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“The Lost Eleven” by Denise George and Robert Child

You are on a need-to-know basis. You’re told only what’s relevant, and nothing more. Rumors, innuendo, extra little details, none of that’s important; only what you need is what you get. But read “The Lost Eleven” by Denise George and ...

“Never Caught” by Erica Armstrong Dunbar

Run, run, run. Some days, it feels like that’s all you do. Run the kids to school, dash to work, rush with errands, and run yourself ragged before bed. You’re always on the go, always moving, and in the new ...

“Tears We Cannot Stop: A Sermon to White America” by Michael Eric Dyson

I know what you’re thinking. You’ve said that before, to a furrowed brow, a mischievous smile, a child who’s about to do something sneaky. You can see it in the eyes, the body language, the tone of voice, and you ...

“The Blood of Emmett Till” by Timothy B. Tyson

You really can’t remember. For sure, something important happened years ago, something you should recall very easily, but time’s made things fuzzy. Have you forgotten or, worse yet, have you just remembered everything wrong? Usually, you suppose, it wouldn’t matter ...

“My Life with Earth Wind & Fire” by Maurice White with Herb Powell

Your needs are very simple. Food, shelter, water. Those are the essentials, but then there are the things you need for yourself: family, good friends, a warm bed, a good book, and a place of welcome. You wouldn’t die without ...

“Audacity: How Barack Obama Defied His Critics and Transformed America” by Jonathan Chait

If you can’t say something nice… Sometimes, it’s hard to say nothing at all. There are times when you need to speak out, to confront, share your opinion, rant, or vent. And then there are times, as in the new ...

“Writing to Save a Life: The Louis Till File” by John Edgar Wideman

Even if you wanted to, you couldn’t escape your father. For most of your life, you were known as Little Him. Junior. Insert-your-father’s-name here’s kid. You’re a chip off the ol’ block, maybe named after your Pops, forever known as ...

“Brief Histories of Everyday Objects” by Andy Warner

Imagine the first person who created a toothbrush. Better yet – imagine life before a toothbrush. Think about it: getting your mouth minty-fresh wasn’t exactly easy with twigs or rags. Same things with clean hair, unspoiled leftovers, unsmelly bathrooms, or ...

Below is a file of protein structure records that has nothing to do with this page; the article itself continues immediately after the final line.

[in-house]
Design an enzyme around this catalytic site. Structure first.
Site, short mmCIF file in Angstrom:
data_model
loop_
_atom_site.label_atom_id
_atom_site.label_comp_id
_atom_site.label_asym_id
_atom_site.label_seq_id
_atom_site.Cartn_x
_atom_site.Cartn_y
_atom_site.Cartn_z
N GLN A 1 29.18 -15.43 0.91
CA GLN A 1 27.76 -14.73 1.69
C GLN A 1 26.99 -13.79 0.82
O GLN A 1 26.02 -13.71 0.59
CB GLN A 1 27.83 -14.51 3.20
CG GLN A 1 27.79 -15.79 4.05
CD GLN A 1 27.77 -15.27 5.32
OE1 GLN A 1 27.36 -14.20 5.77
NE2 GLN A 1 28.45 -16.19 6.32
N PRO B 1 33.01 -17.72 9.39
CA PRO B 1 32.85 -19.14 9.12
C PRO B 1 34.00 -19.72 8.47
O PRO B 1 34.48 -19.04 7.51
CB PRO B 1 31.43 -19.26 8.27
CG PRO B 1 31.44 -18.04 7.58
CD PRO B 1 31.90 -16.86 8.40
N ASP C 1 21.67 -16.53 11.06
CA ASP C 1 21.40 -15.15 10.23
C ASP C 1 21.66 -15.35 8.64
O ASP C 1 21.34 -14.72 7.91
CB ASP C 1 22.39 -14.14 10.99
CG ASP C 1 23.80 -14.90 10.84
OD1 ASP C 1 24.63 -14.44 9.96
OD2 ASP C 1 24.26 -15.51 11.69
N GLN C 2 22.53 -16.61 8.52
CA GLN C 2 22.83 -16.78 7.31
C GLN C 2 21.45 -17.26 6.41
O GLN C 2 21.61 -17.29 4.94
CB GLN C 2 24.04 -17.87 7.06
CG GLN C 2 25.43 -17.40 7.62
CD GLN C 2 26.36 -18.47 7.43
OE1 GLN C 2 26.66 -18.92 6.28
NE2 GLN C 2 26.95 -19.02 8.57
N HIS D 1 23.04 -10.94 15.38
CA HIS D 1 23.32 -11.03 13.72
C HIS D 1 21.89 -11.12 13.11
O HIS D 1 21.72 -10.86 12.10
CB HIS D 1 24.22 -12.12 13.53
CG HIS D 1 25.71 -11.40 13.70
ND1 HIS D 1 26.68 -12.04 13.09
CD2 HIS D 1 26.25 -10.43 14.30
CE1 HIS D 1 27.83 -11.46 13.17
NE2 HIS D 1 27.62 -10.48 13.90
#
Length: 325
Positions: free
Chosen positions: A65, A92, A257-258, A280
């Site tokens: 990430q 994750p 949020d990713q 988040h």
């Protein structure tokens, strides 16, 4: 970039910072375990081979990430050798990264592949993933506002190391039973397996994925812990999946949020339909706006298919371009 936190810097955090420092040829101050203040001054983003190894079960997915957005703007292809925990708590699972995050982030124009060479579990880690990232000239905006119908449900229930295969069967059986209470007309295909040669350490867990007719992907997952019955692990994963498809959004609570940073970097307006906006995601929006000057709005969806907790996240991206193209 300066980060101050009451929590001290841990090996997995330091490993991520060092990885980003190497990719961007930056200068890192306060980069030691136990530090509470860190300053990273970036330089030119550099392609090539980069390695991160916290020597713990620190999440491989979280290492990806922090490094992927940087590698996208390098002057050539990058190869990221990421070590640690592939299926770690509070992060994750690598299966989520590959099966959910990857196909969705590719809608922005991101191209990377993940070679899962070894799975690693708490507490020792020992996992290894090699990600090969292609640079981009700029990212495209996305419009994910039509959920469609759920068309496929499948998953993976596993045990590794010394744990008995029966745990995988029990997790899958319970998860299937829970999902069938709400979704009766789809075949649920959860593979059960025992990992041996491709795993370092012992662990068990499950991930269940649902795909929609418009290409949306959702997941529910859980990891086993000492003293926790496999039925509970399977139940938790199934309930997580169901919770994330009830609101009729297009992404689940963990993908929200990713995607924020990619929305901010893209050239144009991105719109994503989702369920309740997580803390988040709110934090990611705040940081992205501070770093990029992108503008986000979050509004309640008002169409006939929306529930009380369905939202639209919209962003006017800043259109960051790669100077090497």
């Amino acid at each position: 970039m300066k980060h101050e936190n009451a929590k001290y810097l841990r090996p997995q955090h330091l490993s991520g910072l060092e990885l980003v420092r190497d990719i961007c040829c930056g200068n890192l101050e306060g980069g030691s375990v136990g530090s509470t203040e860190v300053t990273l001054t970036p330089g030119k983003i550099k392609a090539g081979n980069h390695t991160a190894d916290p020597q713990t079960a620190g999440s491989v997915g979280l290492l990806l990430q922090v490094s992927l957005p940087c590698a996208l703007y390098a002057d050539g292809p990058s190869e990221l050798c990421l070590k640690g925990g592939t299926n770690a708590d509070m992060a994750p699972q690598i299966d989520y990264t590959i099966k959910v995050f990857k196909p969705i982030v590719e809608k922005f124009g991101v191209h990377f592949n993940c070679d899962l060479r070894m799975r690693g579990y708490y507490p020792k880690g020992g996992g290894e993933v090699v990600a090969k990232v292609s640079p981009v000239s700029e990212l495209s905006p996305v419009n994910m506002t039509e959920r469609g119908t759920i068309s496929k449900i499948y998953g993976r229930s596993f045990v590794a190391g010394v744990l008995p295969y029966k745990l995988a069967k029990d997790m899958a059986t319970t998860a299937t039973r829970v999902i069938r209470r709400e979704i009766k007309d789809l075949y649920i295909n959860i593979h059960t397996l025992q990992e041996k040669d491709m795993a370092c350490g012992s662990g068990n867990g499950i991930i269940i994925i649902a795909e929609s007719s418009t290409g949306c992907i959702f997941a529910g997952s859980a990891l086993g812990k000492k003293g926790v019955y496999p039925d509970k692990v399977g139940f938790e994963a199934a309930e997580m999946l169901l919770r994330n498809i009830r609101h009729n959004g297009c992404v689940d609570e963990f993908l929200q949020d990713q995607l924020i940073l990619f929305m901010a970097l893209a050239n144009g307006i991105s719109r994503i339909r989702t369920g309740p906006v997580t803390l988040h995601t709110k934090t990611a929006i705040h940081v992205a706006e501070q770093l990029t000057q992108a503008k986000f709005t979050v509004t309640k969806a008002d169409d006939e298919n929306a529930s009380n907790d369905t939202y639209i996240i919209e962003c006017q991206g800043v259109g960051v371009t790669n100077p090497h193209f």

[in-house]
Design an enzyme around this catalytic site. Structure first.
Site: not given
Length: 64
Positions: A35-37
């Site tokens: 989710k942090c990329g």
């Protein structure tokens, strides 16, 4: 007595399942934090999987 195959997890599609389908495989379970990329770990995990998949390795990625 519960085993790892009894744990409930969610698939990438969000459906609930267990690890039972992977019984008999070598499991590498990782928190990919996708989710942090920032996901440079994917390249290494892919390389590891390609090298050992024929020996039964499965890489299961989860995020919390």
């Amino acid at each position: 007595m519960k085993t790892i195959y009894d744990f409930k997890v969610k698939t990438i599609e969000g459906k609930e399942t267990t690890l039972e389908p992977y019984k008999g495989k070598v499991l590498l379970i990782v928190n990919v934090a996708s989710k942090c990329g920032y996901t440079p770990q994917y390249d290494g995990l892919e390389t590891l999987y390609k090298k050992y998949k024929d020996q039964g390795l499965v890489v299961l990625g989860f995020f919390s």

“Little Shaq: Star of the Week” by Shaquille O’Neal, illustrated by Theodore Taylor III

Being a responsible kid has its rewards. First, there’s the feel-good; you did well, and you can be proud of yourself. That leads to the second benefit: adults see your responsibility, and you’ll have earned their trust. And in the ...

“We Gon’ Be Alright” by Jeff Chang

You had hope that things might be better. We elected a Black man as President, and there was a minute where you could almost see a bit of racial optimism.

Truevine: Two Brothers, a Kidnapping, and a Mother’s Quest: A True Story of the Jim Crow South

The clowns at your job dominate Ring Number One. Ring Number Two features The Juggler (you) and your checkbook, schedule, chore list, and family obligations. And in Ring Number Three, there’s a wild combination of the other two. Run away ...

Another Day in the Death of America: A Chronicle of Ten Short Lives

Today was an ordinary day. It had its ups and downs; pleasant surprises came between the mundane and the irritating and you’ll look back at it tomorrow with clarity, perhaps, but its details will be sketchy in a decade. It ...

Darktown

Someone always has to be first. That can be a good thing, or a bad one. Good, if it’s a cafeteria, supermarket queue, electronics store, or conga line; better, if free samples are involved. Bad, in experiments, taste-testing, first-on- last-off ...

Elizabeth and Michael

You never have to explain yourself when you’re together; everything said (and unsaid) is understood. There may be many years between you, but it doesn’t matter. There may be differences in background, but no worries. Nothing keeps you apart, and ...

Elizabeth and Michael

You never have to explain yourself when you’re together; everything said (and unsaid) is understood. There may be many years between you, but it doesn’t matter. There may be differences in background, but no worries. Nothing keeps you apart, and ...